It took me an hour to dress you in to your coming home outfit. You were so fragile and I didn’t want to hurt you. I unwrapped you from your blanket and slowly took off your baby grow. I tried to remember every last tiny detailed feature of your perfect body, from the shape of your eyebrows to the creases on your feet, because I knew you wouldn’t stay that way forever.
You were so perfectly formed.
Daddy arrived. We were ready. I wrapped you up in your blanket and I held you to my chest. I cuddled you and gave you a kiss on your forehead, before telling you I love you and laying you down.
Grandad carried you out of the room and he placed you, so delicately, in to the back of the car.
I looked around me and saw all the windows. I knew that, behind those windows there were new babies everywhere. I knew that people were also celebrating the arrival of their bundles.
Everything was perfect. YOU were, and are, perfect. But taking you home that day, it broke my heart.
It broke my heart because you had just been placed in to the back of a car that would take you to a different home than the one I was going to. I was going to MY home, and you were going to YOUR home, at the Chapel of Rest.
You were born forever sleeping. Stillborn, but still born.
Instead of registering your birth, I registered your death.
I’ve been on autopilot since I was sat in the office of a Neurosurgeon at 34 weeks pregnant being told, after a pretty problem-free pregnancy, that you weren’t going to survive beyond birth; that, as soon as you were disconnected from my oxygen supply, you would suffocate and die, in front of me. You wouldn’t be able to breathe by yourself. It was inevitable that you were going to pass away and the chances of you making it beyond the next few days was next to nil.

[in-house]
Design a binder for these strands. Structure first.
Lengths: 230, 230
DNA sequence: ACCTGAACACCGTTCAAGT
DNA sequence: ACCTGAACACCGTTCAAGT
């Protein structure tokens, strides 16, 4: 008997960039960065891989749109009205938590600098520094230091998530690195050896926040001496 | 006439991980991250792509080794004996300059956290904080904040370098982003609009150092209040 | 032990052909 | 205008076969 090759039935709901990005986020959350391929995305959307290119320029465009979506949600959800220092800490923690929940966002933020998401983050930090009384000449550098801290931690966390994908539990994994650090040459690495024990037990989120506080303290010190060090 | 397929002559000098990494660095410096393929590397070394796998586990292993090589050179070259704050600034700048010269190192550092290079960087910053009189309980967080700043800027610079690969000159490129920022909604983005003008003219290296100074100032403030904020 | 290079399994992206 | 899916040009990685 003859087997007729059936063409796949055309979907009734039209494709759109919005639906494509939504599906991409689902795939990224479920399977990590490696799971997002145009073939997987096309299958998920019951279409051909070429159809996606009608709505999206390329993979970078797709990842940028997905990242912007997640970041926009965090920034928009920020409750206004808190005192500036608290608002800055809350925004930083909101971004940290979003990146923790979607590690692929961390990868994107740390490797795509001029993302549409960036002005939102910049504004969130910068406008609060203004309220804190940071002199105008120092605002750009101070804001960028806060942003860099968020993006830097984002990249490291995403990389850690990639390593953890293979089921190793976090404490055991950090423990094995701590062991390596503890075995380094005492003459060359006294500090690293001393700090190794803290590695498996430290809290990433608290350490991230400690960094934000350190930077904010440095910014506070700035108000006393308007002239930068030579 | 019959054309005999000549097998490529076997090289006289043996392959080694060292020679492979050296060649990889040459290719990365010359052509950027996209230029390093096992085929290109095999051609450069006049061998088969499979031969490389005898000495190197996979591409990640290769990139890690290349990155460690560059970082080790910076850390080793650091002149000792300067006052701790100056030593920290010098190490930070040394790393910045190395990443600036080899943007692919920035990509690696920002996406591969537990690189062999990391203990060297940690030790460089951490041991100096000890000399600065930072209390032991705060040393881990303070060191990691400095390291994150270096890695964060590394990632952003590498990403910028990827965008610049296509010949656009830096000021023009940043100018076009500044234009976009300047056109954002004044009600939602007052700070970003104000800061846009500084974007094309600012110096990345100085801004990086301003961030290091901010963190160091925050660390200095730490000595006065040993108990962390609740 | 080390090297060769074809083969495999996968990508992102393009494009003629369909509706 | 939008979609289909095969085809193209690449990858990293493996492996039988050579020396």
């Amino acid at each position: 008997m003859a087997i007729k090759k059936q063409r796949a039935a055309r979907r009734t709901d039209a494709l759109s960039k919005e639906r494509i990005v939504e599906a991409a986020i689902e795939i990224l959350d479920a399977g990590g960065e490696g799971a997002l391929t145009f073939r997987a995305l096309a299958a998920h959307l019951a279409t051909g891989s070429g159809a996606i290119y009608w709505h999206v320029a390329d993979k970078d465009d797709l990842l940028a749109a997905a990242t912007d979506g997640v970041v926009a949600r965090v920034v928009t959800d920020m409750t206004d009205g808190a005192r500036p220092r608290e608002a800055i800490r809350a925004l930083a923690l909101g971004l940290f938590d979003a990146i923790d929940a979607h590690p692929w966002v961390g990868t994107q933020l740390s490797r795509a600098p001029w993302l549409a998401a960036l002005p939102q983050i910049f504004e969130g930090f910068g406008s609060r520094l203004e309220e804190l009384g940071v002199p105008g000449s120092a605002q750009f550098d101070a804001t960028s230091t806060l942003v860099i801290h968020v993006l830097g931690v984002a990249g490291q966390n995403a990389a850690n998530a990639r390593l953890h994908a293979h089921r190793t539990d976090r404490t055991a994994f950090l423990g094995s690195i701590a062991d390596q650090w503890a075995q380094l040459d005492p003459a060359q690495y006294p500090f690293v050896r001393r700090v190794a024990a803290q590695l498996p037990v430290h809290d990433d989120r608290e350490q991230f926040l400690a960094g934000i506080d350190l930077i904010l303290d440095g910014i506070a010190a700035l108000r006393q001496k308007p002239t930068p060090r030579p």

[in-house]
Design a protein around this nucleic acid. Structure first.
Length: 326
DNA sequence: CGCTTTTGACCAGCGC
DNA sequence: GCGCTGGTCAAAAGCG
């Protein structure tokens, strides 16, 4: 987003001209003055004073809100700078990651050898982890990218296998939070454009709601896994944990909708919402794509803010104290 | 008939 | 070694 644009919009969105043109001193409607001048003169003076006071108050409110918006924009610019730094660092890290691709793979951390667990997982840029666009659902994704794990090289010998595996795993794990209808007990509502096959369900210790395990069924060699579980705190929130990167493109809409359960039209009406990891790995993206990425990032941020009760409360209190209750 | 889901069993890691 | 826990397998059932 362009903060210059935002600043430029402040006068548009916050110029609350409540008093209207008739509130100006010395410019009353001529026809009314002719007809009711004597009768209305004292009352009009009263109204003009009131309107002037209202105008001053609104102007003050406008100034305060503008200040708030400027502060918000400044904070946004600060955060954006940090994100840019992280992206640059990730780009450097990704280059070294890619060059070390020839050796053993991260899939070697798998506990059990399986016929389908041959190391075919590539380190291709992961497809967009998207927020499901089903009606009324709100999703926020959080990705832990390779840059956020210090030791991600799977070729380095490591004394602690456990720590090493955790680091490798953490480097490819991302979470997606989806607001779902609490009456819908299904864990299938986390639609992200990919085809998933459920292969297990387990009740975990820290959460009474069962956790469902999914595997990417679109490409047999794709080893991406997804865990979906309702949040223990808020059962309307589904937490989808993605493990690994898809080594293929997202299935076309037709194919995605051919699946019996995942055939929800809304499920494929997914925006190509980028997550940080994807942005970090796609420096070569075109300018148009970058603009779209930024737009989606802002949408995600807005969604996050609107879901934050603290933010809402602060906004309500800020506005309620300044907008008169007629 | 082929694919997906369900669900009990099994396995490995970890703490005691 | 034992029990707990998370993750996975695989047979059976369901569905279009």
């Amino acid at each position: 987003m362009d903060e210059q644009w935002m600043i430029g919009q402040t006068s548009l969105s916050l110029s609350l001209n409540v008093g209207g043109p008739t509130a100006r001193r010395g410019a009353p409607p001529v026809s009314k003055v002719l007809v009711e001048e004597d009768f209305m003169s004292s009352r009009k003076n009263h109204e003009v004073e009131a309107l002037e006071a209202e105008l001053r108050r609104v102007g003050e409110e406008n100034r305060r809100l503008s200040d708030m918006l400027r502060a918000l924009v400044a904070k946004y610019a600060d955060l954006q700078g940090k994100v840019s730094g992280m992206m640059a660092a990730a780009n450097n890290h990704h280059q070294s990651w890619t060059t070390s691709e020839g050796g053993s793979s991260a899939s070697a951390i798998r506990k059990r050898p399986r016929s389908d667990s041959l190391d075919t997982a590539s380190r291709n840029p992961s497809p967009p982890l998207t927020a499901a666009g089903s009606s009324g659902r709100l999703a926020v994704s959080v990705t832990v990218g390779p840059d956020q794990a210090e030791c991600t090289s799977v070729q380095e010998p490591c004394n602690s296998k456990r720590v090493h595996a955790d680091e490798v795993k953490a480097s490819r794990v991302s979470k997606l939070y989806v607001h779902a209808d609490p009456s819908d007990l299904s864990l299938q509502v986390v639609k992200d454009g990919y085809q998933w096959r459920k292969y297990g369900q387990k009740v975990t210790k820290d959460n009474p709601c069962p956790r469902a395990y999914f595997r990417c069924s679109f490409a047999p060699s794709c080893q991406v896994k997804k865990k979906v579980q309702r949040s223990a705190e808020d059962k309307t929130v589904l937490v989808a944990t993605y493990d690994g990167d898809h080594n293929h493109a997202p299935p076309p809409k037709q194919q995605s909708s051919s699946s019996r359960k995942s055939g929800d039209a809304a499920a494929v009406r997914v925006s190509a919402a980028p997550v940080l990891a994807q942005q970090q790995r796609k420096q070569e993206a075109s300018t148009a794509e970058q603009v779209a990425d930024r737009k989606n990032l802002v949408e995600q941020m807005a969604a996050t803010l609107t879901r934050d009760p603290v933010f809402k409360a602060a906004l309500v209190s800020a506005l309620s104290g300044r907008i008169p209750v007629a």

I spent the next few days in turmoil. I didn’t know what to do. I wanted to make the most of having you, alive, with me. But, I knew that you would soon be ‘gone’ … You gave us 7 more days of love before you grew your wings. Your little heart stopped beating, after the most courageous fight, at 35 weeks gestation.
During those 7 days, I had ordered your burial outfit. It got delivered on the 28th of May, while you were living and kicking inside me. I received your memory box on that day, too. The pain I felt in my chest when opening the door to those deliveries is a feeling beyond comprehension, knowing that you were alive and I was here, partially planning life after your death; I felt like an awful mum.
It’s hard. I keep trying to put in to words how I feel but nothing justifies this pain of having to live without you.
Do I think you could have been saved? Absolutely I do. A blood test from your daddy at my booking appointment would have resulted in an early diagnosis of Neonatal Alloimmune Thrombocytopenia, the condition that later killed you – it is a paternally genetic condition. A non-delayed delivery could have possibly saved you. A quicker process once we found out there was a problem with you, instead of enduring the two weeks we waited, would probably have saved you.
Instead of reading you bedtime stories in a cosy chair, I read bedtime stories for you sat at your graveside.
Instead of buying you toys, I buy you flowers for your grave.
Instead of cuddling you to sleep, I cuddle the blanket you were wrapped in from birth until the day of your funeral to sleep.
Instead of watching your big sisters dote on you, I watch them cry over missing you.
Instead of kissing you goodnight, I kissed you goodbye.
You fought SO hard. I am so, so proud to be your mummy. I am beyond honoured to have carried you and I am blessed that you chose me. .
You are my son. You are mine and I am yours, regardless.
Otis Dominic Anthony Cullen; you are missed beyond words and loved beyond measure. I hope you’re sleeping peacefully sweet boy. Love, Mummy x